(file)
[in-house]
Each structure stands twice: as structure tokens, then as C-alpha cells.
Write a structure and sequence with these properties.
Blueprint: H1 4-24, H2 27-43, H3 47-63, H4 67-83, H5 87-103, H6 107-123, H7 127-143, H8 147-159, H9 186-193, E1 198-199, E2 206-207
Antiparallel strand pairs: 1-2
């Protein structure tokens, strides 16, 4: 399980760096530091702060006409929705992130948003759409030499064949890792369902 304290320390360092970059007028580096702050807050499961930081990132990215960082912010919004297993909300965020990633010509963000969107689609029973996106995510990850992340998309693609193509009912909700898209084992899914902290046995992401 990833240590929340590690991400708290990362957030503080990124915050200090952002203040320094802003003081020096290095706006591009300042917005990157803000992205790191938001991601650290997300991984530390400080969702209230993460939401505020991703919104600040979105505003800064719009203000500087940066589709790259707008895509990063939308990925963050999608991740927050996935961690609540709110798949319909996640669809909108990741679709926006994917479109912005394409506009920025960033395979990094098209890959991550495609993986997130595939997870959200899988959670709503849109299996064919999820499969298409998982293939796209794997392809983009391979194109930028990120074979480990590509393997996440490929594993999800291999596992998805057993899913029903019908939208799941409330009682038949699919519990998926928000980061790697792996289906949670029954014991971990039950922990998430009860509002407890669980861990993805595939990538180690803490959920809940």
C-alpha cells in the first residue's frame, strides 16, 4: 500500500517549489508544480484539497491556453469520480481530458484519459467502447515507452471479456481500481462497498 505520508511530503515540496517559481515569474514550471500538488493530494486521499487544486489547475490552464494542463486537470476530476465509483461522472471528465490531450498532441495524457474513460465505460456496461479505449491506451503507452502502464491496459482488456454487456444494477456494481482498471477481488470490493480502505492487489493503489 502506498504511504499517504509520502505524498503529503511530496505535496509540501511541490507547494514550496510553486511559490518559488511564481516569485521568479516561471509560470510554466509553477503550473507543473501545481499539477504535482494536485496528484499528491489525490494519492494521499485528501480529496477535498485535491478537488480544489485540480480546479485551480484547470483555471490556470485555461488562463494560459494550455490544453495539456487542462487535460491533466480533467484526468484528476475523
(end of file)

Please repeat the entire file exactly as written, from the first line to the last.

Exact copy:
[in-house]
Each structure stands twice: as structure tokens, then as C-alpha cells.
Write a structure and sequence with these properties.
Blueprint: H1 4-24, H2 27-43, H3 47-63, H4 67-83, H5 87-103, H6 107-123, H7 127-143, H8 147-159, H9 186-193, E1 198-199, E2 206-207
Antiparallel strand pairs: 1-2
């Protein structure tokens, strides 16, 4: 399980760096530091702060006409929705992130948003759409030499064949890792369902 304290320390360092970059007028580096702050807050499961930081990132990215960082912010919004297993909300965020990633010509963000969107689609029973996106995510990850992340998309693609193509009912909700898209084992899914902290046995992401 990833240590929340590690991400708290990362957030503080990124915050200090952002203040320094802003003081020096290095706006591009300042917005990157803000992205790191938001991601650290997300991984530390400080969702209230993460939401505020991703919104600040979105505003800064719009203000500087940066589709790259707008895509990063939308990925963050999608991740927050996935961690609540709110798949319909996640669809909108990741679709926006994917479109912005394409506009920025960033395979990094098209890959991550495609993986997130595939997870959200899988959670709503849109299996064919999820499969298409998982293939796209794997392809983009391979194109930028990120074979480990590509393997996440490929594993999800291999596992998805057993899913029903019908939208799941409330009682038949699919519990998926928000980061790697792996289906949670029954014991971990039950922990998430009860509002407890669980861990993805595939990538180690803490959920809940």
C-alpha cells in the first residue's frame, strides 16, 4: 500500500517549489508544480484539497491556453469520480481530458484519459467502447515507452471479456481500481462497498 505520508511530503515540496517559481515569474514550471500538488493530494486521499487544486489547475490552464494542463486537470476530476465509483461522472471528465490531450498532441495524457474513460465505460456496461479505449491506451503507452502502464491496459482488456454487456444494477456494481482498471477481488470490493480502505492487489493503489 502506498504511504499517504509520502505524498503529503511530496505535496509540501511541490507547494514550496510553486511559490518559488511564481516569485521568479516561471509560470510554466509553477503550473507543473501545481499539477504535482494536485496528484499528491489525490494519492494521499485528501480529496477535498485535491478537488480544489485540480480546479485551480484547470483555471490556470485555461488562463494560459494550455490544453495539456487542462487535460491533466480533467484526468484528476475523